New Zealand composer lands in Nelson

Gareth Farr arrives at Nelson airport for Sleeping with the Steinway. Acclaimed New Zealand composer Gareth Farr arrived at Nelson airport yesterday to lend a hand to the Nelson School of Music's all-night fundraiser, Sleeping with the Steinway.

Farr has composed a piece especially for the pianothon which will be performed with help from NSOM youth.

Sleeping with the Steinway creative director Sarah Lewis said she was excited to have Farr come to Nelson for the event.

Gareth Farr arrives at Nelson airport for Sleeping with the Steinway.

"It's incredible. He's composed and gifted this piece to us."

He has worked with the New Zealand Symphony Orchestra and Royal New Zealand Ballet as well as being named an Officer of the New Zealand Order of Merit for services to music and entertainment.

Farr was greeted at the airport with helium balloons and a convoy of Harley Davidson motorcycles to accompany the Mercedes that picked him up.

Gareth Farr leaving Nelson airport in style, met by a silver Mercedes convertible and three Harley Davidson motorbikes ...


He said he felt "very pampered" and had never been involved in an event like this before.

"There's just this excitement about the fact that it's an event, it's something monumental and also no one is brave enough to do something like this which makes it all the more exciting."

The piece Farr has composed, "Ripple Effect", will be played near midnight.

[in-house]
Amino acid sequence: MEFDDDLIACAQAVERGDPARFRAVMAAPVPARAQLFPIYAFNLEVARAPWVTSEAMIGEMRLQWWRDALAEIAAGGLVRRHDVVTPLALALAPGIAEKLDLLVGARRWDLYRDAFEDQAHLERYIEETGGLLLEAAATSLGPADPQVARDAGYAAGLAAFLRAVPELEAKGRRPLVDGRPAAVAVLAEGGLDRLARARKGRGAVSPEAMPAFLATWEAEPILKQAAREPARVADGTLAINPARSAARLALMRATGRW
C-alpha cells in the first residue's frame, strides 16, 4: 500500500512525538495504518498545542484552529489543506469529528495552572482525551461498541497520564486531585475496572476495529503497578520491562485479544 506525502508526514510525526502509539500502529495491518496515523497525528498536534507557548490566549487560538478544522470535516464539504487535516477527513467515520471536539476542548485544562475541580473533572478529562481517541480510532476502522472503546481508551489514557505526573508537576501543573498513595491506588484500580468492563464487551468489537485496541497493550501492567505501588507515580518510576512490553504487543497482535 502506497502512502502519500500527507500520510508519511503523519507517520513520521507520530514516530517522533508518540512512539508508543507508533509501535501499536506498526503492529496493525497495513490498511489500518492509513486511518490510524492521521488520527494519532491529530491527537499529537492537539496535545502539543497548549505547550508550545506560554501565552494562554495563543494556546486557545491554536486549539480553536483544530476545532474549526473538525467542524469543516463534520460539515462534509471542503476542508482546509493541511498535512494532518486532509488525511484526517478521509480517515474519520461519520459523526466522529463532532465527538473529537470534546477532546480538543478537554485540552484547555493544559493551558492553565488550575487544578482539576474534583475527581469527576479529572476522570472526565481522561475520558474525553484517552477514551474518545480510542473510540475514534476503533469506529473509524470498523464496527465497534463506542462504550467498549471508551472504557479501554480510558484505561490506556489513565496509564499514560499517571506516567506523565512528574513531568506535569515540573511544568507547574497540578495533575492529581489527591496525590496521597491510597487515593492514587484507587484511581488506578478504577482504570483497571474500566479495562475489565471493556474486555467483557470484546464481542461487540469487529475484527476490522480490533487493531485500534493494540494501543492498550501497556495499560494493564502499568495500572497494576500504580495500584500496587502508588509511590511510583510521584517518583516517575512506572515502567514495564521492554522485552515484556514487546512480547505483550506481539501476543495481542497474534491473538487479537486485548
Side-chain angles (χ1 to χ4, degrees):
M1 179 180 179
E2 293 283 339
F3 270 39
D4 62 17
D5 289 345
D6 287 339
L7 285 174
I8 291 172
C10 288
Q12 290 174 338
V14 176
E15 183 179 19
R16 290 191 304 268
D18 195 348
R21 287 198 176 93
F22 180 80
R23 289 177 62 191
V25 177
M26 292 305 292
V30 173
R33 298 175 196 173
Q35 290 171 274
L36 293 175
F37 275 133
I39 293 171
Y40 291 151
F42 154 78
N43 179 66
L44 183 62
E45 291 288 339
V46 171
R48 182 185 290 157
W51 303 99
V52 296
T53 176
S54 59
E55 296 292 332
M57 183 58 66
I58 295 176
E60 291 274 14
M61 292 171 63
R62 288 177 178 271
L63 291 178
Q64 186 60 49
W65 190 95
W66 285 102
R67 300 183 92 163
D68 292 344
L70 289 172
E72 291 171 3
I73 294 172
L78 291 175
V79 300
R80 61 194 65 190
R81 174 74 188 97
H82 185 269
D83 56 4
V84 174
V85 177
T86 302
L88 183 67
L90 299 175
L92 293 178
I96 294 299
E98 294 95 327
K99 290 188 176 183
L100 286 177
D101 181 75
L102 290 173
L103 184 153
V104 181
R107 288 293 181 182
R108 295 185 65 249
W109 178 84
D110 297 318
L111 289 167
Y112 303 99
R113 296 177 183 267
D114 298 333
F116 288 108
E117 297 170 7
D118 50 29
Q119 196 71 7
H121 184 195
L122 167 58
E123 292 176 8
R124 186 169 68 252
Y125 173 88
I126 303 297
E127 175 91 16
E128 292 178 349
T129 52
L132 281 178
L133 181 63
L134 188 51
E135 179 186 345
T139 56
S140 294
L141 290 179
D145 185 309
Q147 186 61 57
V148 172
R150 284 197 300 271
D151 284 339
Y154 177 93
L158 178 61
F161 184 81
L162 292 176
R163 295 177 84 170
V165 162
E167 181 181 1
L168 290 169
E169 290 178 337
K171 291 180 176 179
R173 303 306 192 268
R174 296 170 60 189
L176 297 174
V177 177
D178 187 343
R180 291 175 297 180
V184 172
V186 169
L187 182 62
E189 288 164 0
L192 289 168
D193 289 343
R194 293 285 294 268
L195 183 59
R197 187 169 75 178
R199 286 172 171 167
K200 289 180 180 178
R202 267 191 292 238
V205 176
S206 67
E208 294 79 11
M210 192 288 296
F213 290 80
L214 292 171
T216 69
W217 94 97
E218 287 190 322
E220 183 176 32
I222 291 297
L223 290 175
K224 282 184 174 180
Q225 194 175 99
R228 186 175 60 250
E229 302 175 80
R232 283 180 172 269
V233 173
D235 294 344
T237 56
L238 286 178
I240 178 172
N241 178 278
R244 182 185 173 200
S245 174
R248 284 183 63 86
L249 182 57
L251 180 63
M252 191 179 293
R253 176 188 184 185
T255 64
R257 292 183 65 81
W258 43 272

Gareth Farr arrives at Nelson airport for Sleeping with the Steinway.


"It's a new work, composition, I tell you the really exciting thing about it for me is that it's for young performers," he said.

"I'm really very lucky, I get to write for some of the best performers in the world and I can just send it to them and demand excellence and they will play it perfectly but there's something about youthful enthusiasm."

Performers on the night should not feel pressured by Farr's presence.

"I've written for young performers, I've written for youth orchestras and sometimes they play a wrong note or two - I don't care," he said.

"I mean when I perform I play wrong notes all over the place. It's about the enthusiasm and the excitement and wanting to play the piece and being nervous about it, nerves are good. Nerves mean excitement and anticipation."

Sleeping with the Steinway begins on Saturday at 5pm and ends on Sunday at 3pm.

 - Stuff